How will we live, or be forced to live, after the pandemic? “I don’t know” is—according to Paul Collier, the famed development economist—the most honest answer to this question and others related to the cause, rise, treatment, and decline of the current pandemic. This is, after all, an unprecedented disease of rare speed and communicability, for which there is no cure and no agreed political and social response. Yet, contradicting himself within weeks, Collier wrote a similarly powerful essay in which he argued that centralisation had failed, and devolution from those who pronounce from on high to those who practice on the ground is necessary. Perhaps he was merely demonstrating that, in this maelstrom of conflicting arguments, no-one, no matter how distinguished, can wholly know his own mind from day to day. In any case, agnosticism is as unwelcome to journalism as it is to governance. And journalists, who operate under fewer constraints than governments, can at least consider some likely alternatives, while remaining alive to the possibility that unknown unknowns will continue to turn up, …

Italy and the EU: The Hard and Stony Road Ahead

“Too many,” said European Commission President Ursula von der Leyen on April 16th, “were not there on time when Italy needed a helping hand at the very beginning. And yes, for that it is right that Europe as a whole offers a heartfelt apology.” And heartfelt the apology probably was. For weeks, von der Leyen and her colleagues had been receiving frantic pleas for assistance from the Italian government, and little had been forthcoming. By mid-April, Italy was at last beginning to pull out of the dire circumstances that had placed it at the top of the world’s league of COVID-related death: At its grisly peak at the end of March, nearly 1,000 Italians a day were perishing from the virus, a terrible figure that will, as in other countries, almost certainly turn out to be an underestimate. It was still in great need of help—from the EU, above all—but it was no longer the worst place in the world. It was time for the EU to display some public contrition. But, for several reasons, …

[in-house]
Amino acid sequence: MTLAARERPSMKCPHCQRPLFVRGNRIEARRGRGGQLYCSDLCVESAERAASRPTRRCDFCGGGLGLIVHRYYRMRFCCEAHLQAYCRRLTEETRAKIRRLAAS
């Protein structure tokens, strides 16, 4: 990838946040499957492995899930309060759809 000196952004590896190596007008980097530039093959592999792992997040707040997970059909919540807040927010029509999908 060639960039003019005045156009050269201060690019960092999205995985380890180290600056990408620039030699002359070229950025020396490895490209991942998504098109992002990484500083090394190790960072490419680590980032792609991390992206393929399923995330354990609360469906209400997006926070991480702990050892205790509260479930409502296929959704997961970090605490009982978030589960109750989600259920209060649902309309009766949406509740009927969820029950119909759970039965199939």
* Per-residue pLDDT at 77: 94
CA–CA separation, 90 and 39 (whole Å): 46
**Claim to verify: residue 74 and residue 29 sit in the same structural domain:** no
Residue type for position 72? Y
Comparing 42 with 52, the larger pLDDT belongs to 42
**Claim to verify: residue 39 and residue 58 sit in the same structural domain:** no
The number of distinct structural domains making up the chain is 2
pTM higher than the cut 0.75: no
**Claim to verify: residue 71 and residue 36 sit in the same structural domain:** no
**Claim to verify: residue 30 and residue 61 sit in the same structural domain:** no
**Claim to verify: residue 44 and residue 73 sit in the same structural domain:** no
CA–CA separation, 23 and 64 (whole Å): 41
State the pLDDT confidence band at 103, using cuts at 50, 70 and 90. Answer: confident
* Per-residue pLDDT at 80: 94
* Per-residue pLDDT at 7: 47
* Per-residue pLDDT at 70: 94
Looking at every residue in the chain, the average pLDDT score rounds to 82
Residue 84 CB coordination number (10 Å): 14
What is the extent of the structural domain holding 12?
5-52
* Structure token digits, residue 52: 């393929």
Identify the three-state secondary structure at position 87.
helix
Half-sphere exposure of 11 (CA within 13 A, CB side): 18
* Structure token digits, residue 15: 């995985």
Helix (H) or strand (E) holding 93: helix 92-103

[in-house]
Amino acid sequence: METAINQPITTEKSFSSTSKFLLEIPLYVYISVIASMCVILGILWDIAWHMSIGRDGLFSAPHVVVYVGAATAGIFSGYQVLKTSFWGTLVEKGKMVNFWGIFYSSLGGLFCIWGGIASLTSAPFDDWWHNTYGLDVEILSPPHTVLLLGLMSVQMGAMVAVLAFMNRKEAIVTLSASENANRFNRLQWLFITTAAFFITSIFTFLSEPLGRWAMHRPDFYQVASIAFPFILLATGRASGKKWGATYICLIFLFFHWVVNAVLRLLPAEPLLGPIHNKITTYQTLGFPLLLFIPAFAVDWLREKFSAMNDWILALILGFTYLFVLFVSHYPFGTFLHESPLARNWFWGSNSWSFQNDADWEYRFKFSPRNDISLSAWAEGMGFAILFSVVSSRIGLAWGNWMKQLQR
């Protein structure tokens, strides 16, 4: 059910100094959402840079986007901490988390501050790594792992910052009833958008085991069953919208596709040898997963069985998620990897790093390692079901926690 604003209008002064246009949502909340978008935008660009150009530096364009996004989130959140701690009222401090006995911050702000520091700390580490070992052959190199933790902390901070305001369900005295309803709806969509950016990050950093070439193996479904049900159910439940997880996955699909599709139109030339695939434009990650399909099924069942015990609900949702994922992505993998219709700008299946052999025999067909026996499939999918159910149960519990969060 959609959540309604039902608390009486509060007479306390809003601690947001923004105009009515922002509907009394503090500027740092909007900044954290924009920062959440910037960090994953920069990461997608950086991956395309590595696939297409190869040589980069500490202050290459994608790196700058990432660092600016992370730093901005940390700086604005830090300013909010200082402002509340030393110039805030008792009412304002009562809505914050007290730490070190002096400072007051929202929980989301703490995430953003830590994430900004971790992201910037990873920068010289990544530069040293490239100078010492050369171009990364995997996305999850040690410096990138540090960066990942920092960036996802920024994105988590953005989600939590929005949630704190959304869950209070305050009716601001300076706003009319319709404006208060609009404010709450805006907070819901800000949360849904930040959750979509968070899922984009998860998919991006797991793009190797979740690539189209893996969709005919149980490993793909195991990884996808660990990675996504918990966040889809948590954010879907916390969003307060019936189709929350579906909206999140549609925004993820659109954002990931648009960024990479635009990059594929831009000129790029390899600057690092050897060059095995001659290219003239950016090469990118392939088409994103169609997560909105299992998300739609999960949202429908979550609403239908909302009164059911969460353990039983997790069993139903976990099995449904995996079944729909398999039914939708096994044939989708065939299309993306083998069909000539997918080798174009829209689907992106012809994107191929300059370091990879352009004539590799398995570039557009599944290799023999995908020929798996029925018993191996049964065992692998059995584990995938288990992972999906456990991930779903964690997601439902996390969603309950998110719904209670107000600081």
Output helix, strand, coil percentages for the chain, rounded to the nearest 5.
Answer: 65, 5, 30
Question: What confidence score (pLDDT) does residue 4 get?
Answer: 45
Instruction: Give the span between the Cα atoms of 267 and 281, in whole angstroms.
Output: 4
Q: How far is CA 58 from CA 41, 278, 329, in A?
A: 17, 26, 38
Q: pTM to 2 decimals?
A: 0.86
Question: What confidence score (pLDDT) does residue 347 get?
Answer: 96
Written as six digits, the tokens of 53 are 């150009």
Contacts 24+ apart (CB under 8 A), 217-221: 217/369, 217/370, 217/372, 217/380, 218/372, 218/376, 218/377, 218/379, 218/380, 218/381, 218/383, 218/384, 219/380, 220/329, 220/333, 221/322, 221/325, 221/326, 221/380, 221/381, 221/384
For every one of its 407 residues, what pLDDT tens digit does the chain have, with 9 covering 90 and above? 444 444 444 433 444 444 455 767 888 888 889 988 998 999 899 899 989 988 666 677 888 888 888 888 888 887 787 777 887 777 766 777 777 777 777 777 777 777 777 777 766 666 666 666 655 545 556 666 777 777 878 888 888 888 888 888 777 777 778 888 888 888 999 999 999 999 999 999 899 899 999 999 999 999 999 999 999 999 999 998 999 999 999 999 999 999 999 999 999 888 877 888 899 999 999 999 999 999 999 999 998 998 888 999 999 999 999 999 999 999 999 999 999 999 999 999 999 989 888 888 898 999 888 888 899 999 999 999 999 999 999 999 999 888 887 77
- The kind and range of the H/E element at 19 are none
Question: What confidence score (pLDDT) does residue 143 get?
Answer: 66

Alex Salmond’s Moral Corruption

Corruption in government is usually thought of, and investigated, as the appropriation of public funds for private purposes. There are, however, other kinds, and the case of Alex Salmond’s leadership displays two of these vividly. One is the menacing nature of his rule and personal conduct while leader of the Scottish National Party and First Minister. The other is the propagandistic extremes to which his hatred of Britain has driven him. Salmond led the Scottish National Party from 1990 to 2000, before relinquishing the post to his deputy, John Swinney, for four years. When Swinney failed to sustain the party’s momentum, Salmond returned to lead it again in 2004. Three years later, when the SNP won the Scottish parliamentary elections, Salmond took the post of First Minister. Since then, his party has dominated Scots politics, reducing the once hegemonic Scottish Labour Party to third place behind the Scottish Conservative Party, itself a distant second. Salmond resigned in 2014, having failed to convince Scots to vote for independence in a referendum that same year. But the …